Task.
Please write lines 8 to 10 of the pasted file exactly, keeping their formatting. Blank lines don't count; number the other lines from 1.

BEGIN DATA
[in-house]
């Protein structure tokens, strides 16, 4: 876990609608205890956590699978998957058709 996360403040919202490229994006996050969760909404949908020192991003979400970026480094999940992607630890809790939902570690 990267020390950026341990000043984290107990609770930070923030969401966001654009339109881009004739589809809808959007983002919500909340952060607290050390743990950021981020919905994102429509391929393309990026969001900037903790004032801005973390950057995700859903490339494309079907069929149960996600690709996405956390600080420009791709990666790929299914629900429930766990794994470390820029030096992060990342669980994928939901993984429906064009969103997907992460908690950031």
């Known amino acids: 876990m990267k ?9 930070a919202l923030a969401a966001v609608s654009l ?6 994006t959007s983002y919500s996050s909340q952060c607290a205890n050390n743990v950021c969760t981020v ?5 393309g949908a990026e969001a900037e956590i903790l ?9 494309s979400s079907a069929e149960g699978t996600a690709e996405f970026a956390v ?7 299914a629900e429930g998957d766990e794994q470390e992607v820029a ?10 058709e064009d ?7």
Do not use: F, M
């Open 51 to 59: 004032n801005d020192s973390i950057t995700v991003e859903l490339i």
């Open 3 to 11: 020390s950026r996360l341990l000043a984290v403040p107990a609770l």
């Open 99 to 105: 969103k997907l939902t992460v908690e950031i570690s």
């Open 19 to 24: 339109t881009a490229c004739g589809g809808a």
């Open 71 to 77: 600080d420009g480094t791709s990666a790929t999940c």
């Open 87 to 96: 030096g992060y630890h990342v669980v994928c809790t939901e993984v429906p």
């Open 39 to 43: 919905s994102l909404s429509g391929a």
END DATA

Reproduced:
């Open 19 to 24: 339109t881009a490229c004739g589809g809808a």
């Open 71 to 77: 600080d420009g480094t791709s990666a790929t999940c």
């Open 87 to 96: 030096g992060y630890h990342v669980v994928c809790t939901e993984v429906p």